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ROGER OF WENDOVER Flowers of history. The history of England from the descent of the saxons to A.D. 1235. vol.2


Sir John Froissart's Chronicles of England, France, Spain and the Ajoining Countries from the latter part of the reign of Edward II to the coronation of Henry IV in 12 volumes 

Chronicles of Enguerrand De Monstrelet (Sir John Froissart's Chronicles continuation) in 13 volumes 

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Flowers of history. The history of England from the descent of the saxons to A.D. 1235. vol.2
page 41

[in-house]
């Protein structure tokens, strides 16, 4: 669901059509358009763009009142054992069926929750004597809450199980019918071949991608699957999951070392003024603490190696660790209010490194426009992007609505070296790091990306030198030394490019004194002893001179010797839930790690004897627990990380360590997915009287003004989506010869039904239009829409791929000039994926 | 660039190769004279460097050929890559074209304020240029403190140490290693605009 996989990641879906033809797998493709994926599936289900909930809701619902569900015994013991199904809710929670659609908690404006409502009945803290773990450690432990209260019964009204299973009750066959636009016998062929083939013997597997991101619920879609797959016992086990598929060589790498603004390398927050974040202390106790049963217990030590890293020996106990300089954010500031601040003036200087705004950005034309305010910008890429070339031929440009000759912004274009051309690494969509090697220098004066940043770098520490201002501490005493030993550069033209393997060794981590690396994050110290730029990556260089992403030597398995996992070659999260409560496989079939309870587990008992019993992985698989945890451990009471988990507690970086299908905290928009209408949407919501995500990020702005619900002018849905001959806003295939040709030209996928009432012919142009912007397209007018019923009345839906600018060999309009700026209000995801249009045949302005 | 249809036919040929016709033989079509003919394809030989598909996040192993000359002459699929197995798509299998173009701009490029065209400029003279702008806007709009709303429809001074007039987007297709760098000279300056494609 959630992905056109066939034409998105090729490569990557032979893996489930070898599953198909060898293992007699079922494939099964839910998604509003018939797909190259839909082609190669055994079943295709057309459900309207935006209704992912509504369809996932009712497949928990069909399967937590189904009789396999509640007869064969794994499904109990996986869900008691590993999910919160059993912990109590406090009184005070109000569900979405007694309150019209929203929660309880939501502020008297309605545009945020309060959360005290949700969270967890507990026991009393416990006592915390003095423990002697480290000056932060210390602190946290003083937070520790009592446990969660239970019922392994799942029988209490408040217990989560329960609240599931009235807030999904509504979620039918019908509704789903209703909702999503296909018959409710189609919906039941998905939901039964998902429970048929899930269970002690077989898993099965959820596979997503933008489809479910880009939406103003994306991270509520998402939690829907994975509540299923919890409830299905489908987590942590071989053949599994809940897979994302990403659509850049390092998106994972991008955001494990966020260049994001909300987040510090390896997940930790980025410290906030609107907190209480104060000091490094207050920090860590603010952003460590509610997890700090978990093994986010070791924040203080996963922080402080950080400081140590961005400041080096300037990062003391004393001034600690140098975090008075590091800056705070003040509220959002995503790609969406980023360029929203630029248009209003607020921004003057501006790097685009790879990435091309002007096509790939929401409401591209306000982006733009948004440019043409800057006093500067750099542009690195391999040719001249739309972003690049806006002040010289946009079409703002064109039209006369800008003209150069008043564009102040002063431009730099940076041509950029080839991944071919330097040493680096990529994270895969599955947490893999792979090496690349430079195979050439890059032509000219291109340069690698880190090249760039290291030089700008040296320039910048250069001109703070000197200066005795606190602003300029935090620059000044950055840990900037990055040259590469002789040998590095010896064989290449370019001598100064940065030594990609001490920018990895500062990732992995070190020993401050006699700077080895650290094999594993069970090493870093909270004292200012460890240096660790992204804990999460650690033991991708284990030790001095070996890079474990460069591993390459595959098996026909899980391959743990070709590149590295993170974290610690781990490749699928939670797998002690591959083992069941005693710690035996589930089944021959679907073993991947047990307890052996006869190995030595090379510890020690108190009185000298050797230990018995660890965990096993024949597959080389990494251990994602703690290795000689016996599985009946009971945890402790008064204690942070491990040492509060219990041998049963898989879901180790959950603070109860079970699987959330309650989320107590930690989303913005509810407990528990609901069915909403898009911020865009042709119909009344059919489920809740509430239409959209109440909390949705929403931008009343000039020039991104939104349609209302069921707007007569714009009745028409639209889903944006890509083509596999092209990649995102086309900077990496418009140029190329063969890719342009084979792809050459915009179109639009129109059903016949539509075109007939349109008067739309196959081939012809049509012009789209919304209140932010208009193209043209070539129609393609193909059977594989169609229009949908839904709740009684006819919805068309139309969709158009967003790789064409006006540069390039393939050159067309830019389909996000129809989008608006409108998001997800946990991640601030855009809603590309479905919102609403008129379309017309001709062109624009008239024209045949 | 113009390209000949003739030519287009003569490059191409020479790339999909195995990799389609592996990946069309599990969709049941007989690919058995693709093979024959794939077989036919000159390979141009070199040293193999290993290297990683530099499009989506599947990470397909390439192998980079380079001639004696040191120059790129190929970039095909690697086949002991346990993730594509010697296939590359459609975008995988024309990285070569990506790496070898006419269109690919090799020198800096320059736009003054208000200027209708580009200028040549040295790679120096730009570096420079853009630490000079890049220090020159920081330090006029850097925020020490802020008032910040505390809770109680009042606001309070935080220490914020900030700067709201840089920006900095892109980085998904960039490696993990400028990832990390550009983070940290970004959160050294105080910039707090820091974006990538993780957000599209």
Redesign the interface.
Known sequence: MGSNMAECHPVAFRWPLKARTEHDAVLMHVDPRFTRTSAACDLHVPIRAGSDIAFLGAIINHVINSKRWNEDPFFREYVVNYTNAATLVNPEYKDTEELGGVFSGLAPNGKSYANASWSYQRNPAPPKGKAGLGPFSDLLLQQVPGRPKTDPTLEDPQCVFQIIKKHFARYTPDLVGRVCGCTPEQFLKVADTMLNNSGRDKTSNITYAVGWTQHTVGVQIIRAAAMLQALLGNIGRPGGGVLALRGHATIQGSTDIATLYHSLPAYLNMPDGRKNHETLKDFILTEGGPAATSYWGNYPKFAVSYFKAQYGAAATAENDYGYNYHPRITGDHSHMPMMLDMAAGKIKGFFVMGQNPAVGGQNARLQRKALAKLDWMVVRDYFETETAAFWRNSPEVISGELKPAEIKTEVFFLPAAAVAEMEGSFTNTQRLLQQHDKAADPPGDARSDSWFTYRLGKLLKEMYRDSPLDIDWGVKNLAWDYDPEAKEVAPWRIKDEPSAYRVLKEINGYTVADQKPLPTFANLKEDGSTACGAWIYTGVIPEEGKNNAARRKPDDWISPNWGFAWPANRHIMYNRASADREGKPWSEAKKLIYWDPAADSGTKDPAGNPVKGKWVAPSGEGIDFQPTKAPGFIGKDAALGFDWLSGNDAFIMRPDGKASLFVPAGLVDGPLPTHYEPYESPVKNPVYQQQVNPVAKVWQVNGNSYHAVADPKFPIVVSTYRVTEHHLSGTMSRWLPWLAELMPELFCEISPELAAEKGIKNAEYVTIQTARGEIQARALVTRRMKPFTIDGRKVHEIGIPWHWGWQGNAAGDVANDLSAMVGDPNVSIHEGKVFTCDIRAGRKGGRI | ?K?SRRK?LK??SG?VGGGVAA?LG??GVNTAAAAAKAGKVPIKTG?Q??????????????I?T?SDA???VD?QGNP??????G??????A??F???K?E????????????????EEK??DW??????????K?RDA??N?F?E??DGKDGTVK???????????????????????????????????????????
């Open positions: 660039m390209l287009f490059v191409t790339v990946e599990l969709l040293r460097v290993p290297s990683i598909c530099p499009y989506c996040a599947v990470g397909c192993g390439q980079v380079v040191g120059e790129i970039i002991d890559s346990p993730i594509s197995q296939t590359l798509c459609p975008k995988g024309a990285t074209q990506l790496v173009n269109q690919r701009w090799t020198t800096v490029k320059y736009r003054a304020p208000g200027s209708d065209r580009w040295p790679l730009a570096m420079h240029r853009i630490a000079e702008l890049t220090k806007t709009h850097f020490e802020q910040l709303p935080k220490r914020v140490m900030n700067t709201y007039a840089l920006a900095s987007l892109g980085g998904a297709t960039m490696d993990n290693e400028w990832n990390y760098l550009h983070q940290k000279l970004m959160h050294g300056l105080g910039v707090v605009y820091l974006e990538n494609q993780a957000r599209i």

•10 ROGER OF WENDOVER. [A .» . 1178. account of liei- infirmity, an object of dislike to ber husband, left her native place, and passing through Kedburn, lay down to sleep near the place where the martyrs were buried, nor did she rise from thence until she was wholly cured. Another woman of Dunstable, named Cecilia, had the dropsy, which gave her the appearance of being pregnant, and she also was restored to health by a visit to the spot. Also, a girl, five years old, who had never walked since her birth, but was always carried by her parents, was placed near the same spot, in the sight of many faithful witnesses, and after a short sleep, rose up and ran upon her feet, to the great joy of her parents. Meanwhile, the day of St. Alban's martyrdom arrived, and, famous as is that day in itself, it was made still more so, by the publication of miracles. The faithful were admonished to give alms more largely, to use abstinence in diet, and the solemn procession was re peated the next day. But the days which still intervened, did not pass in idle, talk, for up to the very hour of the discovery of the relics, evident miracles were performed. A man of Kingsbury laughed at those who were digging for saint«, and coming with the rest to the spot, though with very different thoughts from theirs, he was immediately seized with madness, tore his clothes, and instead of deriding the diggers, became now a spectacle to them. When he had been tormented some time in the sight of all who were present, the hand of God ceased to punish him, and he returned safe, though chastened, to his home. Another man also laughed at them for digging for saints, and was also struck with the divine vengeance, for in the midst of speaking he was violently seized, and breathed out on the spot his blaspheming spirit. One Algar of Dunstable came to the spot with a cart, in which was a cask of ale for sale : a poor sick man came up to him and begged of him, for the love of the martyr, to give, him a small draught to quench his thirst. Algar, incensed at his request, said he had not come there out of regard to the martyr, but to make profit by the sale of his goods. Whilst he was thus abusing the poor man, both ends of his cask fell out, the beer ran upon the ground, and by the saint's interference, not only the poor man who had been denied the least drop of it, but also many others with liim, falling upon their knees, drank as much as

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